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Middle Schoolers Negotiate and Respectfully Disagree

Middle Schoolers Negotiate and Respectfully Disagree

Mari Anne Zang is a science teacher at Milwood Magnet Middle School in Kalamazoo, Michigan.

In the PLTW Gateway unit Energy and the Environment, it certainly was an exciting venture to dive into the materials of building the perfect wind machine, especially after learning how much our area of Michigan may begin to harness shoreline breezes with wind turbines. But quickly, it became apparent that everyone has a slightly different idea of how to get it done and what it should look like in the end. Enter the Decision Matrix!

The wind turbine project in Energy and the Environment generated a lot of buzz because many of the students had either seen a wind turbine in action, or better yet, they'd seen the blades being towed down the highway. Most had pretty strong opinions about what the most efficient design would be. They were itching to jump right in and start carving blades, building and testing, and re-building. When I told them that they would be limited to a fixed amount of materials and would not have an endless supply to keep re-testing designs, they were like, “What!?"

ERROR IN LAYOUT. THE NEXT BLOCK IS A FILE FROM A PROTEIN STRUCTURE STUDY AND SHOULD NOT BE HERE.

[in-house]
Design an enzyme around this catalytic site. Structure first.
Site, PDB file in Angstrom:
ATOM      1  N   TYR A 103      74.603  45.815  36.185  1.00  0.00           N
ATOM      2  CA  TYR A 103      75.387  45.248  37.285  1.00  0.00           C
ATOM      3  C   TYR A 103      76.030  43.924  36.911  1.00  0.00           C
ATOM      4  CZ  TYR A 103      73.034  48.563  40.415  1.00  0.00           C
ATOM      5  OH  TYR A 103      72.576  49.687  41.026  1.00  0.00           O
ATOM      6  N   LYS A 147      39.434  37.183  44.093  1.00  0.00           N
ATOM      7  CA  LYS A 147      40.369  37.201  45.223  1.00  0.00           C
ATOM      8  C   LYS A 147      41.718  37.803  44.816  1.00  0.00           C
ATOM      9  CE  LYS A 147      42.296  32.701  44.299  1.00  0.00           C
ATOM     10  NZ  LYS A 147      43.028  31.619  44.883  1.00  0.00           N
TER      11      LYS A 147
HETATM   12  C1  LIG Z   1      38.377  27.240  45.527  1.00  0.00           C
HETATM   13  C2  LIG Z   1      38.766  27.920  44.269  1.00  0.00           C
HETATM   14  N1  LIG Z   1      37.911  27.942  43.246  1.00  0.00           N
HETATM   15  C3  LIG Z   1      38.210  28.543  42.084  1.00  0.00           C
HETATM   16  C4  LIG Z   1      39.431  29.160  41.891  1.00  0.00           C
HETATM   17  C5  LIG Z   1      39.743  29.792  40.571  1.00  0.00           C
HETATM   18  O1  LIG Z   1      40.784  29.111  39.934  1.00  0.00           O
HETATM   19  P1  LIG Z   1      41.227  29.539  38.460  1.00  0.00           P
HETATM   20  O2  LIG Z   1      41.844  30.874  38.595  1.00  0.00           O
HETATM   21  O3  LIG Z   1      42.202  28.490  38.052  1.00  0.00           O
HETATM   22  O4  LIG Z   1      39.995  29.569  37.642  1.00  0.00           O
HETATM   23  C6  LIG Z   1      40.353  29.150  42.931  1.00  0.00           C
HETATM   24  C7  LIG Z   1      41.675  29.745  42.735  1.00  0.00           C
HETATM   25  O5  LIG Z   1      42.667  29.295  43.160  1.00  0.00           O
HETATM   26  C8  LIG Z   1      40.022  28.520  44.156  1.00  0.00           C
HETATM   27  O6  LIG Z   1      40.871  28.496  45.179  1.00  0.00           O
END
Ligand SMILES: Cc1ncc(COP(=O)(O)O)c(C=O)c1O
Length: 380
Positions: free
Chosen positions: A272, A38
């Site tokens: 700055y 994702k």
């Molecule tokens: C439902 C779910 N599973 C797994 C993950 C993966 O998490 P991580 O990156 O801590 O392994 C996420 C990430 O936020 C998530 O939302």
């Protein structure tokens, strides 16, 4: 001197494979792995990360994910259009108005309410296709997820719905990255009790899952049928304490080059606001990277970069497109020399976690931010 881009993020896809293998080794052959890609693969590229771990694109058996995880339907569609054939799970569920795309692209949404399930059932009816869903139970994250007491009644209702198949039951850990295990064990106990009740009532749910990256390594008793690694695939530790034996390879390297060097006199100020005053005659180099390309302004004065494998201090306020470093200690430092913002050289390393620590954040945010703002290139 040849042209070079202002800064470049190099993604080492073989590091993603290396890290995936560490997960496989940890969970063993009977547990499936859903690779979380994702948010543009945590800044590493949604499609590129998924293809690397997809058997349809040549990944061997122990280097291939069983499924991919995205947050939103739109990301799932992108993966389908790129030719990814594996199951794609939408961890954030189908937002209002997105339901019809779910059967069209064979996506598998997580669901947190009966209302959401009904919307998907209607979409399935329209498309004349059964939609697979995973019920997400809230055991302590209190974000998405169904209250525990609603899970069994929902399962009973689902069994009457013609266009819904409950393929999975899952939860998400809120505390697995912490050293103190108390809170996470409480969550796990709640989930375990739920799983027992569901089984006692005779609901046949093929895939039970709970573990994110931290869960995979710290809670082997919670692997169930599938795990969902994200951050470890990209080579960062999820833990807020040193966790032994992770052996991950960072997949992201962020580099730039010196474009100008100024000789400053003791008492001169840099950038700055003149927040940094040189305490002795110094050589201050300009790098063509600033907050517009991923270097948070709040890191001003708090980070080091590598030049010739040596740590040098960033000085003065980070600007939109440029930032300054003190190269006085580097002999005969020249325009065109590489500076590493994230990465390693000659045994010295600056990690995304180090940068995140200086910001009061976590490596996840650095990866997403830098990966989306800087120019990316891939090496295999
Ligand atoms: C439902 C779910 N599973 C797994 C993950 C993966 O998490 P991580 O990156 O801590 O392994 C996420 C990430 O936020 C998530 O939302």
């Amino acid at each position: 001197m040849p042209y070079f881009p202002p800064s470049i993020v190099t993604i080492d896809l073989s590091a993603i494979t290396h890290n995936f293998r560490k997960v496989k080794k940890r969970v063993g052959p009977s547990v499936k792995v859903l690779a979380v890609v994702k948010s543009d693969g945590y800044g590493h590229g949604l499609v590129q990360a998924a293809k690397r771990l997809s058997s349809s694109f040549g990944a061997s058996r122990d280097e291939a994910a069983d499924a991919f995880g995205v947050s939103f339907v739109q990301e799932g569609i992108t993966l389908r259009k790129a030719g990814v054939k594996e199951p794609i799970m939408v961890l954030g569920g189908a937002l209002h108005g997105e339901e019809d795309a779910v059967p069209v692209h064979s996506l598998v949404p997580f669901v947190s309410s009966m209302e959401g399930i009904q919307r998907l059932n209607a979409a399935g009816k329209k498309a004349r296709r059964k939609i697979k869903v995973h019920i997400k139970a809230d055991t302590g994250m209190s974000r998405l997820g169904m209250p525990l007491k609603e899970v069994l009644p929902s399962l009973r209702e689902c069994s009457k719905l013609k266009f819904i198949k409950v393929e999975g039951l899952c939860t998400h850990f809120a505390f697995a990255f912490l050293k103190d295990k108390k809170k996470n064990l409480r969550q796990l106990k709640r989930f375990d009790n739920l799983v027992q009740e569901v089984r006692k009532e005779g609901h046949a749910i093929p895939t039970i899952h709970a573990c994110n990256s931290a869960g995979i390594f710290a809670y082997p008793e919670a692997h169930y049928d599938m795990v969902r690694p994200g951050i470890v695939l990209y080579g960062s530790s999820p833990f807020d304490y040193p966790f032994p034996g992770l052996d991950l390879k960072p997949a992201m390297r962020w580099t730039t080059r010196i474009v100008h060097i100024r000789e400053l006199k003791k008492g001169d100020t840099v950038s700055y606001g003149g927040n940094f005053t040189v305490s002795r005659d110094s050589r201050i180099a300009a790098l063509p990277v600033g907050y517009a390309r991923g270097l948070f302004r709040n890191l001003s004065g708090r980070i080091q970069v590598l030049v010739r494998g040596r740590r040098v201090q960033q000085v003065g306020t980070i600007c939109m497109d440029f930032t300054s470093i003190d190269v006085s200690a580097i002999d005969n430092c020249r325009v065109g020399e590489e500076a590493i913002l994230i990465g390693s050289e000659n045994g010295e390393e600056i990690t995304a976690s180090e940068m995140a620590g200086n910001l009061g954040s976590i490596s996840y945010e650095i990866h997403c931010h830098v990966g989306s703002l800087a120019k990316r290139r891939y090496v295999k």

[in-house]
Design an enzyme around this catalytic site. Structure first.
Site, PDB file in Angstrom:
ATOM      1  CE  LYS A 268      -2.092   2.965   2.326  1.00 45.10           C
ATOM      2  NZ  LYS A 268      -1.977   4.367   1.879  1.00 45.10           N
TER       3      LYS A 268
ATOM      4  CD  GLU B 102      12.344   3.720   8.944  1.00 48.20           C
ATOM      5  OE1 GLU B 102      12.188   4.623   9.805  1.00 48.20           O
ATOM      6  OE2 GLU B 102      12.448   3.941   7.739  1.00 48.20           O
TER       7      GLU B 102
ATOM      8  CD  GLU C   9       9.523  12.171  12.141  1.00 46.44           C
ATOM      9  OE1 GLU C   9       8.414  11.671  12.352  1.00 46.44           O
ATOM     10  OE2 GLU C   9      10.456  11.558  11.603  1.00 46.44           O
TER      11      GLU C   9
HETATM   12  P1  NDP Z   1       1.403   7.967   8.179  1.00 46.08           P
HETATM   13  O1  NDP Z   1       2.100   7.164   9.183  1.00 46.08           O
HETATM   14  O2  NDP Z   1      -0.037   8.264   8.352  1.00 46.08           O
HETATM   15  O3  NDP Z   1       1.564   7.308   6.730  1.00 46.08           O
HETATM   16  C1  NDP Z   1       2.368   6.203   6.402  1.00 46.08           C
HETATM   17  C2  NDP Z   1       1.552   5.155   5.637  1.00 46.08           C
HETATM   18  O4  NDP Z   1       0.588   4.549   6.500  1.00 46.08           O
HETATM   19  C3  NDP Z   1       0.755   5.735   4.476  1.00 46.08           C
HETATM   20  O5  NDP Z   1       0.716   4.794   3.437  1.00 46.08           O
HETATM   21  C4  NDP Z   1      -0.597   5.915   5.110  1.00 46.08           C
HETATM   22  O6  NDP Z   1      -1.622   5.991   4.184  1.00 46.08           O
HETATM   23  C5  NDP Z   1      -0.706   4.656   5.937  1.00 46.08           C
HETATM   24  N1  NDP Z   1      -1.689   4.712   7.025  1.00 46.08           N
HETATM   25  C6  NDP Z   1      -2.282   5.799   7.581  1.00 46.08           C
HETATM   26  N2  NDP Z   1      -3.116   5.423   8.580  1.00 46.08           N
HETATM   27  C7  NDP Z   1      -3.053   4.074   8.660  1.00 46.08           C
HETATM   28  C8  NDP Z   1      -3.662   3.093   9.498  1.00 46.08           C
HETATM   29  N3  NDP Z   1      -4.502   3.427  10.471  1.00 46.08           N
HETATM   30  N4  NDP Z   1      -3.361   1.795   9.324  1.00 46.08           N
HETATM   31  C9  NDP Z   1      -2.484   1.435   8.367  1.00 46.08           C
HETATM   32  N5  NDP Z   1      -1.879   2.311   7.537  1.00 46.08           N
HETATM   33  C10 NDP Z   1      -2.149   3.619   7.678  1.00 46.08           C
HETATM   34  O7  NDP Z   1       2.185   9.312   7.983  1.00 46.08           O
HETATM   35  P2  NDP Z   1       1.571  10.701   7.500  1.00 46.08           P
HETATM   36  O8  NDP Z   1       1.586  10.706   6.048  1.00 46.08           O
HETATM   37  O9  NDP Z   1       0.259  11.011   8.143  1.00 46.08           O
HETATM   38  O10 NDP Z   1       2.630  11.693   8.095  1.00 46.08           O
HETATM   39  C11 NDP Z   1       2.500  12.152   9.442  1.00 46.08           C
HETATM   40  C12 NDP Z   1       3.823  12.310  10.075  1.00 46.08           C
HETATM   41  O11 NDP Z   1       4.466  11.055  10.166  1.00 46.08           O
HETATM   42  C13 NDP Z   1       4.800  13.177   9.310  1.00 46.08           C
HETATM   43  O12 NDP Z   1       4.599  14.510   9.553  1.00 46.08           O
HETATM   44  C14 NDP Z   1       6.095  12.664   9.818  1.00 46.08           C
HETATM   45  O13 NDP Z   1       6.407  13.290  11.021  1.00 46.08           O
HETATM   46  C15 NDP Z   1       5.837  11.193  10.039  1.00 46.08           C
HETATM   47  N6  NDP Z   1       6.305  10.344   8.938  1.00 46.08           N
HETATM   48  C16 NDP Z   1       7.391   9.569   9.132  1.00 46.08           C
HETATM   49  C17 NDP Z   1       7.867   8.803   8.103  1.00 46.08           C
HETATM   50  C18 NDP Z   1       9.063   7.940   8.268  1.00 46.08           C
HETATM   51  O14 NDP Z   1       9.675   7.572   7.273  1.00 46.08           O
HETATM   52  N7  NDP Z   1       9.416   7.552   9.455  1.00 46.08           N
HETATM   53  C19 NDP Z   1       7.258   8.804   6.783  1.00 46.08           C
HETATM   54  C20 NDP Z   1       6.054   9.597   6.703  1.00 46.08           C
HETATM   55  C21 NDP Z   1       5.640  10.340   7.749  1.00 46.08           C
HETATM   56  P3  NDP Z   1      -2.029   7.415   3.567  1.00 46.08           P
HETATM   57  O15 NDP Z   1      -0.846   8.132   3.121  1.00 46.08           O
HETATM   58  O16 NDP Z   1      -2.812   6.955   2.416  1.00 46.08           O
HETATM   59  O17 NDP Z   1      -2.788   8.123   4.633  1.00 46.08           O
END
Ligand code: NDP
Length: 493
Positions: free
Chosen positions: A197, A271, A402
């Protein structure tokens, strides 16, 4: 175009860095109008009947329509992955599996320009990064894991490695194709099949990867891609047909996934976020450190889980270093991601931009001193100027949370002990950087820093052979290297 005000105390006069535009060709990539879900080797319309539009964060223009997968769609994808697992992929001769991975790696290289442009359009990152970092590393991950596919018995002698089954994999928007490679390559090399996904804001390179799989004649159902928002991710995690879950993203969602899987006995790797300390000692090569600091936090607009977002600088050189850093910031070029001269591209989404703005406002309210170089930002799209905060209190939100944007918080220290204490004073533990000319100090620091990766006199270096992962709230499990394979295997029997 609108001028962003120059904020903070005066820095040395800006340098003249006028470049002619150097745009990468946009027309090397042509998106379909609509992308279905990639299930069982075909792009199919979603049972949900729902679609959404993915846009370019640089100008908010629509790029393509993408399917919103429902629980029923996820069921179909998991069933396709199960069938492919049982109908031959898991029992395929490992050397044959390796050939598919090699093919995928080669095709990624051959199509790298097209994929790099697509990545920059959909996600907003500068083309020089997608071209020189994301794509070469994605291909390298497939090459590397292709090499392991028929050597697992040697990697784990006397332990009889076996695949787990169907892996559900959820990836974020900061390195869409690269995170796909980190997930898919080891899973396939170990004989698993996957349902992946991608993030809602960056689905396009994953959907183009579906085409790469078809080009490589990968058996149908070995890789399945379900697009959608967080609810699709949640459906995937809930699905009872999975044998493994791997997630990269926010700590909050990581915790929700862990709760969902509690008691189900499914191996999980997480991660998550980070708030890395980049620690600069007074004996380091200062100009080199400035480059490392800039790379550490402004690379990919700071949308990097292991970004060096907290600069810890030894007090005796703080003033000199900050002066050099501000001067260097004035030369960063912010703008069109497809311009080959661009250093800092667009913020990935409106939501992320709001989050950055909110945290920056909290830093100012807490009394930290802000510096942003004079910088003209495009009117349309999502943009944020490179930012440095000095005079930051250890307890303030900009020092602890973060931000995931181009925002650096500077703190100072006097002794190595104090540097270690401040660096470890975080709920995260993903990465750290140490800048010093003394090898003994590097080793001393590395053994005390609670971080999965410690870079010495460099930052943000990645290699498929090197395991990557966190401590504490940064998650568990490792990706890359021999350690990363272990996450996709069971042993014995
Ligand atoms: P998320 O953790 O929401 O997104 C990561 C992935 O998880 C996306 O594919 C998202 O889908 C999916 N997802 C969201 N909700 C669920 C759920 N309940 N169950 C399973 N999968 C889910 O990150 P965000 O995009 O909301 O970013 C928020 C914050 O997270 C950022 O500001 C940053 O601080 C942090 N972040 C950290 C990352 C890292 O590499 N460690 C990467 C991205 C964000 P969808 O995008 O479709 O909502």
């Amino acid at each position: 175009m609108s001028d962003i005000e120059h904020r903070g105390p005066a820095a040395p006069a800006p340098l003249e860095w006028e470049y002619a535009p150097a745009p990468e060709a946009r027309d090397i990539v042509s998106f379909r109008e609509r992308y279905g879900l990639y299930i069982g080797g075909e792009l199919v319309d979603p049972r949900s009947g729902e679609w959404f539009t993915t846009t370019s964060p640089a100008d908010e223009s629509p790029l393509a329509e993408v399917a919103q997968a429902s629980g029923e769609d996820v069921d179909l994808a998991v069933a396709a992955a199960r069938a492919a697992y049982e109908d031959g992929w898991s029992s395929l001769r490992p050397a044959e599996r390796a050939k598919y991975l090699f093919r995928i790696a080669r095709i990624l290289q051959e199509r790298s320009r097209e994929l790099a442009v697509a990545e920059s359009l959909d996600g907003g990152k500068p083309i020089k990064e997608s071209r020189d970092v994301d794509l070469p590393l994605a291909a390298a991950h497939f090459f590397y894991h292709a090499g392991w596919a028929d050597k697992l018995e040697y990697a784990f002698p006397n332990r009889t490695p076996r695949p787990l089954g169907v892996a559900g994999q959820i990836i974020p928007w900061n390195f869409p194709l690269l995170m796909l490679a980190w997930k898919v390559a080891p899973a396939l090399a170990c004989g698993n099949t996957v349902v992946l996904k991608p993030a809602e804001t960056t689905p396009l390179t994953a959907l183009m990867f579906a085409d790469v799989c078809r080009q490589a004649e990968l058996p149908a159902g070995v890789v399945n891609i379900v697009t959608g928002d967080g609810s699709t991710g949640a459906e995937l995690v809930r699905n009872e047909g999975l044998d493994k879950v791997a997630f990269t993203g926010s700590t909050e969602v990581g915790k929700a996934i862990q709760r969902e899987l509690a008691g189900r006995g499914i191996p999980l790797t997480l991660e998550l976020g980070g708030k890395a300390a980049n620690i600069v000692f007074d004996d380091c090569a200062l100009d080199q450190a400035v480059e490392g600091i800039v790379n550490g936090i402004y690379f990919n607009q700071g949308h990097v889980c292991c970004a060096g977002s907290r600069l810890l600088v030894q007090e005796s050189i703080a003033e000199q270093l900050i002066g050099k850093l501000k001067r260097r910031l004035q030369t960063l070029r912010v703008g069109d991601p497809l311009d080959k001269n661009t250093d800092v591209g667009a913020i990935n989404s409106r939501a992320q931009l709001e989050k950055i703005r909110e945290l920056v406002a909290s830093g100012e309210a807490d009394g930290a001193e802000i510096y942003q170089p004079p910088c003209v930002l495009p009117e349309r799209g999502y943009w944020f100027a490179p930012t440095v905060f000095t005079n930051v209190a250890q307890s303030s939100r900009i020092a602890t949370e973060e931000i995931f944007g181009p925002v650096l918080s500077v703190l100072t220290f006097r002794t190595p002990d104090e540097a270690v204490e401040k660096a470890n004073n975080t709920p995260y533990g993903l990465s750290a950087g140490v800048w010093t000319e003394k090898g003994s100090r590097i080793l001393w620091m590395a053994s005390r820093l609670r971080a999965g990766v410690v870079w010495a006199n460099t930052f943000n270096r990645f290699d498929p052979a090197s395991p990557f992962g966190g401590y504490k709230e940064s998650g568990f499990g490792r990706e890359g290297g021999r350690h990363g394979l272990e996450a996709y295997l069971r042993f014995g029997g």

With this design constraint in mind, we set forth using the Decision Matrix to select the best designs for building and testing. First, we practiced by using some smaller matrices. Then they had to apply the "big" matrix to the wind turbine design process. My students were apprehensive at first about using the matrix, but after a few tries they began to understand that it was a tool that helped them to a better decision by allowing everyone's voice to be heard and tabulated. What was especially interesting to the class (and all five hours that were able to see each other's designs) was that the winning design (the one that raised the greatest number of washers in the least amount of time), was not at all what they had pictured in the beginning!

A number of students wrote in their journals at the end of the year that the use of the decision matrix helped them to work better as a team; it focused their efforts. One student wrote, "It wasn't what I wanted at first, but I guess we got better at agreeing to disagree."

PLTW’s blog is intended to serve as a forum for ideas and perspectives from across our network. The opinions expressed are those of this guest author.